CEO Ryu of Korea Investment Securities, Longest Serving CEO in Securities Industry
The top official of KIS has been reappointed 11 consecutive times for his outstanding achievement to conclude numerous sparkling securities transactions for the company and logging 1 trillion won in operating profit in 2017 for the first time ever
President Ryu Sang-ho of Korea Investment Securities Co.
President Ryu Sang-ho of Korea Investment and Securities Co. (KIS) has a reputation for being the longest serving CEO of a securities firm. He was reappointed 11 consecutive times while piloting KIS in logging a 1 trillion won annual operating profit, the first time a Korean securities firm has achieved the milestone.
KIS also became the first securities firm to have an employee below the executive level earn 2.2 billion won in salary and other income. That’s even more than the CEO made last year, which has been attributed by many to the CEO’s personnel policy that favors talented employees and giving them as many chances as possible to earn his or her income on the job.
He always believed that employees could do a lot for the company they work for with something as simple as a brilliant idea. The company should always be ready to reward employee for his or her brilliant achievements on the job.
When President Ryu first joined the securities industry in the latter half of the 1980s, the compensation system was based on seniority, not the merit.
He set out to reform the system to be based merit when he became manager of the Wholesale Dep’t of Dongwon Securities in 2002 before it was renamed as Korea Investment and Securities. He wanted to make compensation based strictly on the merit of employees, departing from the system favoring seniority.
The new merit-based system began to show its advantages with employees working harder to take advantage of the new personnel system. Other dep’ts began to copy the system. Thanks to the merit system he created, Manager Ryu was promoted to take over as the CEO of the company in 2007 becoming the youngest CEO of a securities firm in Korea as he was just 47 years old, then.
He called for top talents, top achievement and top remuneration as soon as he took over the CEO office, true to the management philosophy he always maintained.
He always believed that remuneration for jobs well done will help retain talented personnel at the company and inspire others to try harder for their companies all the time.
The KIS executives’ average years on the job in 7.4. Their responsibilities are firm as their compensation is excellent.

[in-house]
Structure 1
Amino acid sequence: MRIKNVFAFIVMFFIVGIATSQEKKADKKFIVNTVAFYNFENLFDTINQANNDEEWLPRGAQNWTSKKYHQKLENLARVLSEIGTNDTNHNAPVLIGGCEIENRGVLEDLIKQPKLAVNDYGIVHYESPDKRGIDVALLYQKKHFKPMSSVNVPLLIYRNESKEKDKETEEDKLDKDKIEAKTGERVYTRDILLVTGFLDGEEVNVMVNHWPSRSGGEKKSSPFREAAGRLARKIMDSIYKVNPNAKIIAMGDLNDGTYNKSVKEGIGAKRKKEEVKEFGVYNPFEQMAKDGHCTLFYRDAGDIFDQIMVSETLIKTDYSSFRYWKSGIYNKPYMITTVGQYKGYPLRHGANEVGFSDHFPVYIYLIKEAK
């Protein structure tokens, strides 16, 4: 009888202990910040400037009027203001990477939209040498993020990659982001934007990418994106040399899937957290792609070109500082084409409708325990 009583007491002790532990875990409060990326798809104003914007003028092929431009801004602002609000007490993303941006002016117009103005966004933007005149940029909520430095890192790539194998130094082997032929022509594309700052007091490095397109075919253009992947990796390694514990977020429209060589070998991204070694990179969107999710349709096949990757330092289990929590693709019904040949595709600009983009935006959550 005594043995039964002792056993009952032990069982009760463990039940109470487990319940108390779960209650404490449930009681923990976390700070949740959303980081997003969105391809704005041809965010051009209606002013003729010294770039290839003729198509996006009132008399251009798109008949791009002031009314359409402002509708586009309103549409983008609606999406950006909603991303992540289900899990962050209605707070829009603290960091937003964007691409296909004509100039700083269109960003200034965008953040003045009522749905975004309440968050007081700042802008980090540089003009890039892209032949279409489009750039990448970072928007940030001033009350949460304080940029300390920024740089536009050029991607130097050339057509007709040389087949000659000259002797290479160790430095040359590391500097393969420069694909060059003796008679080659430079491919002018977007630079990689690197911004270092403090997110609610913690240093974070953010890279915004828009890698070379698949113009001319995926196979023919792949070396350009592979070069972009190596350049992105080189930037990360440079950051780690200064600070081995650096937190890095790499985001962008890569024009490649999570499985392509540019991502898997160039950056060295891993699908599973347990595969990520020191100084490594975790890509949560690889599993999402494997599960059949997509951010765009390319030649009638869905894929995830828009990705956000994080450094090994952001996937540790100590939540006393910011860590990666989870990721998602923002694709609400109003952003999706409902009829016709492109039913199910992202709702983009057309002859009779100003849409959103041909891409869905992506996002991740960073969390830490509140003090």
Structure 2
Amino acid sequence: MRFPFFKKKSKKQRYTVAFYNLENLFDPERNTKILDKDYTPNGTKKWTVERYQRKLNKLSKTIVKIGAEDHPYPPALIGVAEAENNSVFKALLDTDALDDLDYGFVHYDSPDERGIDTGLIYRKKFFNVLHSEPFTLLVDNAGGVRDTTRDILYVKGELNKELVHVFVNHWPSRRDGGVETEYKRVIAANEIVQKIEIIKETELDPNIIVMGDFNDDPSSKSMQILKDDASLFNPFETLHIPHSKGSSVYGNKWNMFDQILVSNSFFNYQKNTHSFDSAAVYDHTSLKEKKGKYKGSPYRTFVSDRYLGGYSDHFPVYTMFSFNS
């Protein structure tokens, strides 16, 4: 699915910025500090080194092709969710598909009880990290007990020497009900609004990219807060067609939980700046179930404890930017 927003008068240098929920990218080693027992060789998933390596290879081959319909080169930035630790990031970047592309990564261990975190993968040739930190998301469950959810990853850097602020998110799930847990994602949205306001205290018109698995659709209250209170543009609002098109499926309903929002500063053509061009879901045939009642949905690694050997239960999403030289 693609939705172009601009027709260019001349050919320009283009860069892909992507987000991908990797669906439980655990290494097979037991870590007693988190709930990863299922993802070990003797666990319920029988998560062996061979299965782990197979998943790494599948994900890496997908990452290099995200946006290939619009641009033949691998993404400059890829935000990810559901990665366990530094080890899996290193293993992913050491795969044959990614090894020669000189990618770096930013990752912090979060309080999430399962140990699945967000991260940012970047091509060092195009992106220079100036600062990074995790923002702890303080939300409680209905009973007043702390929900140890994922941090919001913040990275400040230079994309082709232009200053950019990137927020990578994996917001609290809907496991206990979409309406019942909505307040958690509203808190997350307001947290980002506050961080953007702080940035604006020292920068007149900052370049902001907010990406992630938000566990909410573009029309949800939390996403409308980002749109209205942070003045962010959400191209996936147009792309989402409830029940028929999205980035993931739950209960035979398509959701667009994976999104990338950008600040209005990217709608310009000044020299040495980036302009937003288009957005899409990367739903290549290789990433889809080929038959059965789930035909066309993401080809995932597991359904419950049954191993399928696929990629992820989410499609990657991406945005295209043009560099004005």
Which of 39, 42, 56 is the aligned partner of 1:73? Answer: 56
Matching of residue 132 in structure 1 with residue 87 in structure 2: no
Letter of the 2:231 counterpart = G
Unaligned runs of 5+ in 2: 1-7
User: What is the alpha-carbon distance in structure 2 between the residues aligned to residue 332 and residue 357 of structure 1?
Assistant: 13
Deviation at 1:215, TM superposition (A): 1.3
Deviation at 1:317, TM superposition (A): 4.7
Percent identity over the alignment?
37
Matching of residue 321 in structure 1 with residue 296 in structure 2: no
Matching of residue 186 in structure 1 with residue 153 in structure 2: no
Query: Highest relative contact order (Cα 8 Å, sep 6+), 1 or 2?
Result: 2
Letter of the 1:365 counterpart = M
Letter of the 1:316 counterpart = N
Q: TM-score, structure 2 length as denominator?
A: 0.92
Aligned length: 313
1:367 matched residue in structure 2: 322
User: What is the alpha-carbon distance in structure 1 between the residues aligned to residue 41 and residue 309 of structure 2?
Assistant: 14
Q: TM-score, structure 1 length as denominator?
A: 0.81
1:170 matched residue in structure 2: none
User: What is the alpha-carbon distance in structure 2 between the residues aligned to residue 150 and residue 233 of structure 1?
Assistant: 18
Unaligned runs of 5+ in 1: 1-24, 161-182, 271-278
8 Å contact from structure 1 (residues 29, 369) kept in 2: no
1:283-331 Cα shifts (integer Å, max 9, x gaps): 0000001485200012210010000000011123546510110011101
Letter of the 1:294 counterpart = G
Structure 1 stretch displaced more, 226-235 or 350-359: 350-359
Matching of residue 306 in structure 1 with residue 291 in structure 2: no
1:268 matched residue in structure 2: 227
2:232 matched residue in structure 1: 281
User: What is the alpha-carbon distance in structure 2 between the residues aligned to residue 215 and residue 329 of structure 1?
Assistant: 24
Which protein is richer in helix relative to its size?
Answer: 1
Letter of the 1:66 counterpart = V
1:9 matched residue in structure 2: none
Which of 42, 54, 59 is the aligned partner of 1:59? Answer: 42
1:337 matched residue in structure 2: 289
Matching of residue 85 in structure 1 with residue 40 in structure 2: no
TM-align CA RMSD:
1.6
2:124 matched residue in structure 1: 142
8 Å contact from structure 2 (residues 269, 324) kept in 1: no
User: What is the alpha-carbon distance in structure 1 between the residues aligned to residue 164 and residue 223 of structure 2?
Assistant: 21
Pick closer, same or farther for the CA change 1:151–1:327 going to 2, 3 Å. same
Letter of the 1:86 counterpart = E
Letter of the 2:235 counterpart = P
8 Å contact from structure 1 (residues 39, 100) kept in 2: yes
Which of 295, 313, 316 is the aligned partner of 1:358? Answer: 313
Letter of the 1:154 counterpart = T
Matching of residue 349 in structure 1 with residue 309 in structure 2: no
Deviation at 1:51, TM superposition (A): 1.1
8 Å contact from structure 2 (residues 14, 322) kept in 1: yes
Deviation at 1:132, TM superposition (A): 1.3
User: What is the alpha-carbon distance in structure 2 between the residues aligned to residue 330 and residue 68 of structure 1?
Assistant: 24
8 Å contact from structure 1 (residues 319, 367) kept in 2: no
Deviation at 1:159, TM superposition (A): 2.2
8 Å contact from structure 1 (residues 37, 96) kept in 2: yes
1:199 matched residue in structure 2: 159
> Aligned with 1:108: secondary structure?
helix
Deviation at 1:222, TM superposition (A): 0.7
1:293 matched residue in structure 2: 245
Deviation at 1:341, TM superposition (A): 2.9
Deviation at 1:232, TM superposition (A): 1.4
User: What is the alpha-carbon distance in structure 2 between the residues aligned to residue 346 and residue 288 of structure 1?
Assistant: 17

The executives complain that jobs assigned to them this year were too heavy, but they achieved them doing their level best and they were told to do more next year.
At the end of the year, though, they will celebrate their achievements, as most of the objectives for the year will have been fulfilled with room to spare. President Ryu believes that the annual targets should be set on a level that will be able to bring out the best efforts from them, but on the highest levels by any realistic measure.
CEO Ryu himself often called talented personnel of the company directly. Vice Chairman Kim Nam-koo of Korea Investment and Securities Holding Co. had a hard time recruiting the CEO. As rumors on his transfer began to fly, employees of the company did not want to let him go. It took almost six months for Ryu to leave his former company.
The CEO believes that what separates a top securities man from his peers is his talent for doing securities transactions. He earned his nickname “James the Legend” from his talent for concluding excellent securities deals. They got James from the 007 movies when he was working for a London branch of Daewoo Securities in the 1900s. T
he last three digits of his phone numbers also were 007 to show that he should move as fast as the agent 007 did in the movies to collect information on listed firms and others on the stock market.
At the time, he set the record of 5 percent of all stock transactions was made thru him.
The legendary agent was still at work although he became the top man of the company.
He always goes along with the requests from the Marketing Dep’t to meet certain CEOs of the securities firms for consummate the deals even though he is the CEO.
A view of the building where Korea Investment Securities Co. is located. (Photos: KIS)